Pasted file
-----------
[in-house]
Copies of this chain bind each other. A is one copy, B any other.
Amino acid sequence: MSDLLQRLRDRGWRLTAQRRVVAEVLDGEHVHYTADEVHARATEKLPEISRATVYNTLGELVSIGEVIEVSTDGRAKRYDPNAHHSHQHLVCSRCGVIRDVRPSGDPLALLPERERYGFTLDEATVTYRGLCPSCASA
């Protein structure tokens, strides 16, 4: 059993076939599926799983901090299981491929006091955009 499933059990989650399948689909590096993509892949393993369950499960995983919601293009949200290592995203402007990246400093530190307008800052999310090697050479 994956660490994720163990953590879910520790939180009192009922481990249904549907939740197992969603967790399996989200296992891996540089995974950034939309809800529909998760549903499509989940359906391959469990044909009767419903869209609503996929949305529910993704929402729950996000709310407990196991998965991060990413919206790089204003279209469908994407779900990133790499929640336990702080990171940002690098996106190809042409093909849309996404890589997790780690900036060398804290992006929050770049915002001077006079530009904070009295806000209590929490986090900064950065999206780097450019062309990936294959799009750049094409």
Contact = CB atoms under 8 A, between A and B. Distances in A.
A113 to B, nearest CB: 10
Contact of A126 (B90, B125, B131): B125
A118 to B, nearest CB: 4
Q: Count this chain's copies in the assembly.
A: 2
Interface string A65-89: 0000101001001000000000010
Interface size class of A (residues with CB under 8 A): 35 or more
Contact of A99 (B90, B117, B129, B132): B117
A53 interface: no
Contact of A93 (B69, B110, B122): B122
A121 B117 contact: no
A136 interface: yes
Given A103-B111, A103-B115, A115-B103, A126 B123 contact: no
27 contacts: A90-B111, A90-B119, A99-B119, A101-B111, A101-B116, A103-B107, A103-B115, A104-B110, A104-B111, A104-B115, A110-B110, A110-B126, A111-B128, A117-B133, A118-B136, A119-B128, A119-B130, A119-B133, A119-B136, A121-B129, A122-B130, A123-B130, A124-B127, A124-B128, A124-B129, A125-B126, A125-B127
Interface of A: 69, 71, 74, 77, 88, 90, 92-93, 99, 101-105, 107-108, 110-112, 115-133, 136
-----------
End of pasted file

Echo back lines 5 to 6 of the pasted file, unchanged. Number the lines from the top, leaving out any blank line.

Contact = CB atoms under 8 A, between A and B. Distances in A.
A113 to B, nearest CB: 10